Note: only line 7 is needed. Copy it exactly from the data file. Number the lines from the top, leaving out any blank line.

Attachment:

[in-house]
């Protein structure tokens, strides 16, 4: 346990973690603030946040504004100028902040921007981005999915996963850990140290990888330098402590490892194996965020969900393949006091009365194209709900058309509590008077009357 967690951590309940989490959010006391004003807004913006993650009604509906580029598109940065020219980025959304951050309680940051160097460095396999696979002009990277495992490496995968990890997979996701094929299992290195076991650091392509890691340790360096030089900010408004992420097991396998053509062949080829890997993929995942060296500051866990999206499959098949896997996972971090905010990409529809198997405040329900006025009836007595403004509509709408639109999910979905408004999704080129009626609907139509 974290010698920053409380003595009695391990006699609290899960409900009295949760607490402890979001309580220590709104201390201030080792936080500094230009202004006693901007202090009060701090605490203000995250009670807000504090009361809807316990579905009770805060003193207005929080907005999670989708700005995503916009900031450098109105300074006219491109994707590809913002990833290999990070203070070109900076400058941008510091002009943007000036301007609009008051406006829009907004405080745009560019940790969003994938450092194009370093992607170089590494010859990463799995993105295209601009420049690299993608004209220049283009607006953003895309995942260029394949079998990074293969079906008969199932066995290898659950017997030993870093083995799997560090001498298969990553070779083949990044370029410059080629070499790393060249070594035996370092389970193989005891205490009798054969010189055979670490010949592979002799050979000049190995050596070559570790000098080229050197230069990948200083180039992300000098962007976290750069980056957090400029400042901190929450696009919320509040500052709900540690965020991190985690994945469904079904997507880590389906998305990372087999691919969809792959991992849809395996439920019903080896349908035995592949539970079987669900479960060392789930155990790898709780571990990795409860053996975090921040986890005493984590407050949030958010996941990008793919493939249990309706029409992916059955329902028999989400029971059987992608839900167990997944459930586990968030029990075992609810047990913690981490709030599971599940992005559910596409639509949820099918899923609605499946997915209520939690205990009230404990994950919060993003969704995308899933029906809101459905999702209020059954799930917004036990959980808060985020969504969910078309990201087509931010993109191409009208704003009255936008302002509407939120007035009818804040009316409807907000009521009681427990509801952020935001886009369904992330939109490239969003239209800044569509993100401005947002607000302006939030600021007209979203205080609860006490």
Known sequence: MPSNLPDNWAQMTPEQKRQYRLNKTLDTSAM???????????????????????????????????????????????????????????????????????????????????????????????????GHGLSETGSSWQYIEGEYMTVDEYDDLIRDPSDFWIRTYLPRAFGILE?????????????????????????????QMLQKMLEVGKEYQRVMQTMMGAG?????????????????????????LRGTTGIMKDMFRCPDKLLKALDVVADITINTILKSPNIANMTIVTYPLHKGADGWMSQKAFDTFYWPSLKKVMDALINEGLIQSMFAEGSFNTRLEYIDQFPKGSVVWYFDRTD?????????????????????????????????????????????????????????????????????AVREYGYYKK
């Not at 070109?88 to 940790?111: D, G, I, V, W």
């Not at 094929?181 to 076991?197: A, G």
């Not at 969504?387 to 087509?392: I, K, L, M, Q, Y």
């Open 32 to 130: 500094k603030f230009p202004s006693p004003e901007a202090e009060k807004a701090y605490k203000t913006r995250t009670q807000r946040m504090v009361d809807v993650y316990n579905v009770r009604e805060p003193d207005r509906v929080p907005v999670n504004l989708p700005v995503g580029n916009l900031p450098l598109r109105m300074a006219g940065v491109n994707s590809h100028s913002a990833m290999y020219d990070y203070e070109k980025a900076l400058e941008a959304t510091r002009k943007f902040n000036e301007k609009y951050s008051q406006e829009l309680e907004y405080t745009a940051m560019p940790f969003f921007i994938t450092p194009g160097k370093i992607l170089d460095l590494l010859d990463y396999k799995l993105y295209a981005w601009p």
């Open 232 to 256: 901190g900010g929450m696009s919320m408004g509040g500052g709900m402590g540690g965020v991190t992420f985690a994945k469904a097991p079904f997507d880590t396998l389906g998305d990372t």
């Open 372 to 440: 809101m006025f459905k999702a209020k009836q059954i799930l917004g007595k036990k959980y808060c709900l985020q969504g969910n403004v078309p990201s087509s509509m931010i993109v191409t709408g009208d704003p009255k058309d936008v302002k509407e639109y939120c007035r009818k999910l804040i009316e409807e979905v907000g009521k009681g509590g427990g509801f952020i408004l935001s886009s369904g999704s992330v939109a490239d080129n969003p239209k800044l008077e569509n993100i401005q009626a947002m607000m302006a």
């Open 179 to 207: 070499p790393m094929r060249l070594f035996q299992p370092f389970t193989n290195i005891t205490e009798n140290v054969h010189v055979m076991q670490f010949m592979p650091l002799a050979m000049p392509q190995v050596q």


């Open 32 to 130: 500094k603030f230009p202004s006693p004003e901007a202090e009060k807004a701090y605490k203000t913006r995250t009670q807000r946040m504090v009361d809807v993650y316990n579905v009770r009604e805060p003193d207005r509906v929080p907005v999670n504004l989708p700005v995503g580029n916009l900031p450098l598109r109105m300074a006219g940065v491109n994707s590809h100028s913002a990833m290999y020219d990070y203070e070109k980025a900076l400058e941008a959304t510091r002009k943007f902040n000036e301007k609009y951050s008051q406006e829009l309680e907004y405080t745009a940051m560019p940790f969003f921007i994938t450092p194009g160097k370093i992607l170089d460095l590494l010859d990463y396999k799995l993105y295209a981005w601009p």